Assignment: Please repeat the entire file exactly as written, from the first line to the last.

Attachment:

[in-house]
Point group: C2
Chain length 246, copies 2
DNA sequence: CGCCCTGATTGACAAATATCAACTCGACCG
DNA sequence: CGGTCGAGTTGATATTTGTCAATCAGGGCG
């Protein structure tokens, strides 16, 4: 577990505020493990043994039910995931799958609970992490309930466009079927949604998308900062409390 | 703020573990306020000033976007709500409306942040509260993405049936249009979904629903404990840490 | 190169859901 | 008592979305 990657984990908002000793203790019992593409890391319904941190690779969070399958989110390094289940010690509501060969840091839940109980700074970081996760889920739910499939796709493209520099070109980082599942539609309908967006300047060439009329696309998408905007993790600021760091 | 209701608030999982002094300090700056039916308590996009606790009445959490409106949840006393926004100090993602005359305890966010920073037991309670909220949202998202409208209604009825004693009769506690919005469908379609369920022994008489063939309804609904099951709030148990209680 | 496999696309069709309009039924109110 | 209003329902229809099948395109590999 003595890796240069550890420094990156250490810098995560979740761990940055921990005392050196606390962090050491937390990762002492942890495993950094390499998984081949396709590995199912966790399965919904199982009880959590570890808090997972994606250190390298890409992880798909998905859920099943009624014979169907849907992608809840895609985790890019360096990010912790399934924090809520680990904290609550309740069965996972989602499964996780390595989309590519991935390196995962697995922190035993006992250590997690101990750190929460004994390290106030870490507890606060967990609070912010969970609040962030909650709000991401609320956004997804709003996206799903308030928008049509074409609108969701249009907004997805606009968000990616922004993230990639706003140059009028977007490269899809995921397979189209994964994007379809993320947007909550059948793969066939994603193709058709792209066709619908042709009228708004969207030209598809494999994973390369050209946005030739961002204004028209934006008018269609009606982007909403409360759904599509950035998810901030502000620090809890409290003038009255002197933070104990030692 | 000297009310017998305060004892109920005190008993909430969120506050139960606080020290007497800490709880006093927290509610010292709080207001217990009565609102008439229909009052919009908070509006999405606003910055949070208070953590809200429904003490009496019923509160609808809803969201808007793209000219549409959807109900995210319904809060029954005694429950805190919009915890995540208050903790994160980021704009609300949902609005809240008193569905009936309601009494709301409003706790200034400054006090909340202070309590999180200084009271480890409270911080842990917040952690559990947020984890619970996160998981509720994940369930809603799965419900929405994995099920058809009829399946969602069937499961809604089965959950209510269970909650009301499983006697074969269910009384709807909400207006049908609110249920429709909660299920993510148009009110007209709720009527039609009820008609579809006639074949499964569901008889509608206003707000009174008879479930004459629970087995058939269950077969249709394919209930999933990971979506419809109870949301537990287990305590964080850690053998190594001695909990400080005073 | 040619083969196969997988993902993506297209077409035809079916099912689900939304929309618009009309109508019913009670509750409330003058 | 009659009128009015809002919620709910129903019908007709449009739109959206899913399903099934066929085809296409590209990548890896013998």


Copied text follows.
[in-house]
Point group: C2
Chain length 246, copies 2
DNA sequence: CGCCCTGATTGACAAATATCAACTCGACCG
DNA sequence: CGGTCGAGTTGATATTTGTCAATCAGGGCG
């Protein structure tokens, strides 16, 4: 577990505020493990043994039910995931799958609970992490309930466009079927949604998308900062409390 | 703020573990306020000033976007709500409306942040509260993405049936249009979904629903404990840490 | 190169859901 | 008592979305 990657984990908002000793203790019992593409890391319904941190690779969070399958989110390094289940010690509501060969840091839940109980700074970081996760889920739910499939796709493209520099070109980082599942539609309908967006300047060439009329696309998408905007993790600021760091 | 209701608030999982002094300090700056039916308590996009606790009445959490409106949840006393926004100090993602005359305890966010920073037991309670909220949202998202409208209604009825004693009769506690919005469908379609369920022994008489063939309804609904099951709030148990209680 | 496999696309069709309009039924109110 | 209003329902229809099948395109590999 003595890796240069550890420094990156250490810098995560979740761990940055921990005392050196606390962090050491937390990762002492942890495993950094390499998984081949396709590995199912966790399965919904199982009880959590570890808090997972994606250190390298890409992880798909998905859920099943009624014979169907849907992608809840895609985790890019360096990010912790399934924090809520680990904290609550309740069965996972989602499964996780390595989309590519991935390196995962697995922190035993006992250590997690101990750190929460004994390290106030870490507890606060967990609070912010969970609040962030909650709000991401609320956004997804709003996206799903308030928008049509074409609108969701249009907004997805606009968000990616922004993230990639706003140059009028977007490269899809995921397979189209994964994007379809993320947007909550059948793969066939994603193709058709792209066709619908042709009228708004969207030209598809494999994973390369050209946005030739961002204004028209934006008018269609009606982007909403409360759904599509950035998810901030502000620090809890409290003038009255002197933070104990030692 | 000297009310017998305060004892109920005190008993909430969120506050139960606080020290007497800490709880006093927290509610010292709080207001217990009565609102008439229909009052919009908070509006999405606003910055949070208070953590809200429904003490009496019923509160609808809803969201808007793209000219549409959807109900995210319904809060029954005694429950805190919009915890995540208050903790994160980021704009609300949902609005809240008193569905009936309601009494709301409003706790200034400054006090909340202070309590999180200084009271480890409270911080842990917040952690559990947020984890619970996160998981509720994940369930809603799965419900929405994995099920058809009829399946969602069937499961809604089965959950209510269970909650009301499983006697074969269910009384709807909400207006049908609110249920429709909660299920993510148009009110007209709720009527039609009820008609579809006639074949499964569901008889509608206003707000009174008879479930004459629970087995058939269950077969249709394919209930999933990971979506419809109870949301537990287990305590964080850690053998190594001695909990400080005073 | 040619083969196969997988993902993506297209077409035809079916099912689900939304929309618009009309109508019913009670509750409330003058 | 009659009128009015809002919620709910129903019908007709449009739109959206899913399903099934066929085809296409590209990548890896013998």